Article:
8 bowls of noodles you didn't know you wanted this Chinese New Year

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By Blake Bergen
Jan. 4, 2017

Spring Festival, or Chinese New Year, is right around the corner! 

That means it’s time for a new year, it’s time for a new you and it’s time for some noodles.

While noodles aren’t a traditional New Year food, Spring Festival is the biggest human migration on earth, and what better to soothe your travelling soul than with a bowl or plate of noodles? If you find yourself one among billions of travelers this Spring Festival, then skip the instant noodles and keep your eye out for one of these eight magnificent noodle options!

猫耳朵 (māo ěrduo)

Cat’s ear noodles are a specialty of Shanxi province and are folded to look like a cat’s ear. They’re typically served cold.

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猫耳朵 (māo ěrduo)

牛肉面 (niúròu miàn)

Beef noodles are famous all around China, but the Sichuan version is served in steaming, spicy oil and topped with cilantro.

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牛肉面 (niúròu miàn)

重庆小面 (Chóngqìng xiăomiàn)

Chongqing’s small noodles pack in some big flavor. The broth is spicy and numbing, a unique flavor combination to the area, and the noodles are thin and slightly chewy. Most locals add meat or veggies on top as well.

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重庆小面 (Chóngqìng xiăomiàn)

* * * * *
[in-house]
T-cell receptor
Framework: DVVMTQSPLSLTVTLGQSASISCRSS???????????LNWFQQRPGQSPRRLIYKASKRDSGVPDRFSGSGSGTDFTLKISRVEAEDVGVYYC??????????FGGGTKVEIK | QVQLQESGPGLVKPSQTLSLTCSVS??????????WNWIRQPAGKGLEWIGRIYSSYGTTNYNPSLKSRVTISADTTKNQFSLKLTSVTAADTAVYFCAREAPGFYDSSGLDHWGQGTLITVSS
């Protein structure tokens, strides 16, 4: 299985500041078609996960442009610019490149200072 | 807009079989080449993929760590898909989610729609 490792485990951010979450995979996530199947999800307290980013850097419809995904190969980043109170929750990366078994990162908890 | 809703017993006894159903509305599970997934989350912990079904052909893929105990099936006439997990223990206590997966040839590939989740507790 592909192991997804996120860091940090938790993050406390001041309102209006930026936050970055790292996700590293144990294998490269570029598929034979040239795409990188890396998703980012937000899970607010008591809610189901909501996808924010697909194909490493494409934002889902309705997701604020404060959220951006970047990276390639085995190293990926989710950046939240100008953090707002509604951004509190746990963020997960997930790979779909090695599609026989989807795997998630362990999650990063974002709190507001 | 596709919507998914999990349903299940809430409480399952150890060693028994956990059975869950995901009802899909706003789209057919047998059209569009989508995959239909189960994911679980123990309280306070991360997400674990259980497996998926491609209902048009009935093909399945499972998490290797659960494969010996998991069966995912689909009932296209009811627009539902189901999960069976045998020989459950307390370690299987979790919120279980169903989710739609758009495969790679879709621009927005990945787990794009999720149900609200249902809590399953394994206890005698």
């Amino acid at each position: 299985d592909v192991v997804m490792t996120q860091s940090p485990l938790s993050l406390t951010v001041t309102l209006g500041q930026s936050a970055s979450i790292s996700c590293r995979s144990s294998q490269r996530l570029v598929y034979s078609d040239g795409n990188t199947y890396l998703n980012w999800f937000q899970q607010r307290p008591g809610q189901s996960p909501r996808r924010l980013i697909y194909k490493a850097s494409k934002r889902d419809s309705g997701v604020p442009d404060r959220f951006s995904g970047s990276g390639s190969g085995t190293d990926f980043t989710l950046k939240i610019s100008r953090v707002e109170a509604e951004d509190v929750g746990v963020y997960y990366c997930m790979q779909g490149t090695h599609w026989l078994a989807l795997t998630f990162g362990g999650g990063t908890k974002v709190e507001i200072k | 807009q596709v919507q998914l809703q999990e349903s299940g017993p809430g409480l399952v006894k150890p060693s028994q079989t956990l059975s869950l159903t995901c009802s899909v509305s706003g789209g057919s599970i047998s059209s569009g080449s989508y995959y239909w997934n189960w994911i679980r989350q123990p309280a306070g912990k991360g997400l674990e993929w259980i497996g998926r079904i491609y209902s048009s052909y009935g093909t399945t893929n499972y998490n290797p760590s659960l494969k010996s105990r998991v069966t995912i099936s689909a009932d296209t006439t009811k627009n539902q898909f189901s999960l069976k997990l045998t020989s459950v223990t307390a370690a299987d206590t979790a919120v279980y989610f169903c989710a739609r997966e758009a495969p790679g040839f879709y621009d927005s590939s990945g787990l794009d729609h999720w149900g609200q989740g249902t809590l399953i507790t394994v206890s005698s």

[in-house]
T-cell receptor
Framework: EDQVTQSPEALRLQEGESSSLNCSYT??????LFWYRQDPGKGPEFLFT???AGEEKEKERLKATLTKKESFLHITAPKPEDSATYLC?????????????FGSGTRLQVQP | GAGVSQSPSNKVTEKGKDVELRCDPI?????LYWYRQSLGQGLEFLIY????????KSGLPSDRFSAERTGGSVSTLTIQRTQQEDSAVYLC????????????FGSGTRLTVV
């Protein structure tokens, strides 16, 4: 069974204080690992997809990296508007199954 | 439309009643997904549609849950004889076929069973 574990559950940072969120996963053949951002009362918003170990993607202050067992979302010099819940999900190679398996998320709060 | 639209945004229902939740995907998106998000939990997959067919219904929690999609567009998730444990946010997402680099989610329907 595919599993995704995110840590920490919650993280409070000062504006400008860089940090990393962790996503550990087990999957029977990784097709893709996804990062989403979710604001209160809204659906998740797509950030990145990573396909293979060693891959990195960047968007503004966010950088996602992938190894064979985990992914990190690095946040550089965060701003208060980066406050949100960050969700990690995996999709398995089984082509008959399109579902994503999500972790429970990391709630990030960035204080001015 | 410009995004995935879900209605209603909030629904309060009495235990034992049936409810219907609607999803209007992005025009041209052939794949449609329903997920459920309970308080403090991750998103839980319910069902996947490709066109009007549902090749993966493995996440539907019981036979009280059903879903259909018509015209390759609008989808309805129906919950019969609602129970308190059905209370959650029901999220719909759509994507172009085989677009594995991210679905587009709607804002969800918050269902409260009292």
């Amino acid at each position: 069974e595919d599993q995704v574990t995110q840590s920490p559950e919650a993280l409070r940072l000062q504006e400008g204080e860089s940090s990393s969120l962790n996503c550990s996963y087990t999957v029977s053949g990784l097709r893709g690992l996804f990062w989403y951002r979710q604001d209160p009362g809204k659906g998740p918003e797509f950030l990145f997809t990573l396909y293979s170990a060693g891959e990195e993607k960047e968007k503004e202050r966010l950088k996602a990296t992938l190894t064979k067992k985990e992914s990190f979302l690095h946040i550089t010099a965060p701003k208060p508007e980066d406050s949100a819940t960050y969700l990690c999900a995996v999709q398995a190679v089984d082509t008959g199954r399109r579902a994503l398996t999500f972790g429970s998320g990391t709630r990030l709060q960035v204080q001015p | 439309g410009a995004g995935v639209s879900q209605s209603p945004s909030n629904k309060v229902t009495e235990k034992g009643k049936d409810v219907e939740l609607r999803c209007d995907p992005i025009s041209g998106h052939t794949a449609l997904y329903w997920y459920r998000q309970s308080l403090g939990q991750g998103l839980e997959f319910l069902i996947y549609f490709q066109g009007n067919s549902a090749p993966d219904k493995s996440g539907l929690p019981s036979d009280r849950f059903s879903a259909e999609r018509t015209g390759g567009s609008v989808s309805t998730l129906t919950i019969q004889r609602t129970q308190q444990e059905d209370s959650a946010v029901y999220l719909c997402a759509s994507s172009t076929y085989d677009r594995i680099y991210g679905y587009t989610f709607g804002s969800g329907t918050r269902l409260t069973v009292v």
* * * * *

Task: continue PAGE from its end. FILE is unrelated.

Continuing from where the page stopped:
biángbiáng面 (biángbiáng miàn)

This noodle dish is perhaps as famous for its belt-shaped noodles and savory taste as it is for the two 58-stroke characters in its name: biángbiáng (which cannot be replicated in text). The flavors are certainly as complex as its name!

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biángbiáng面 (biángbiáng miàn)

燃面 (rán miàn)

Translated as “burning noodles,” this plate of noodles gets its name from the number of different oils used to make it – so many that you can supposedly light it on fire. Originating from the less spicy Yibin classic, this Luzhou version adds its spicy heat to the “burning” name. 

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燃面 (rán miàn)

干的豆花面 (gānde dòuhuā miàn)

The dry version of Guizhou’s traditionally soupy tofu noodles is topped with chicken, peanuts, a mild chili sauce, chopped mint and extra soft tofu. It’s accompanied with a bowl of smooth soy milk to help wash it down.

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干的豆花面 (gānde dòuhuā miàn)

干的牛肉拉面 (gānde niúròu lāmiàn)

Another dry take on a typically soupy noodle dish, these pulled beef noodles are an everlasting dream come true. The way the noodles are pulled produces a continuous and unbroken line of noodly delight. Just like the desserts of Gansu, these noodles are never-ending. 

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干的牛肉拉面 (gānde niúròu lāmiàn)

豌杂面 (wānzá miàn)

In Wanzhou, a rustic Yangtze River town, the powerful river ebbs and flows along the riverbanks. This bowl of wānzá noodles, a Wanzhou favorite, is flowing with chickpeas, minced pork,and cilantro and will certainly flow straight into your belly!

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豌杂面 (wānzá miàn)
Blake Bergen

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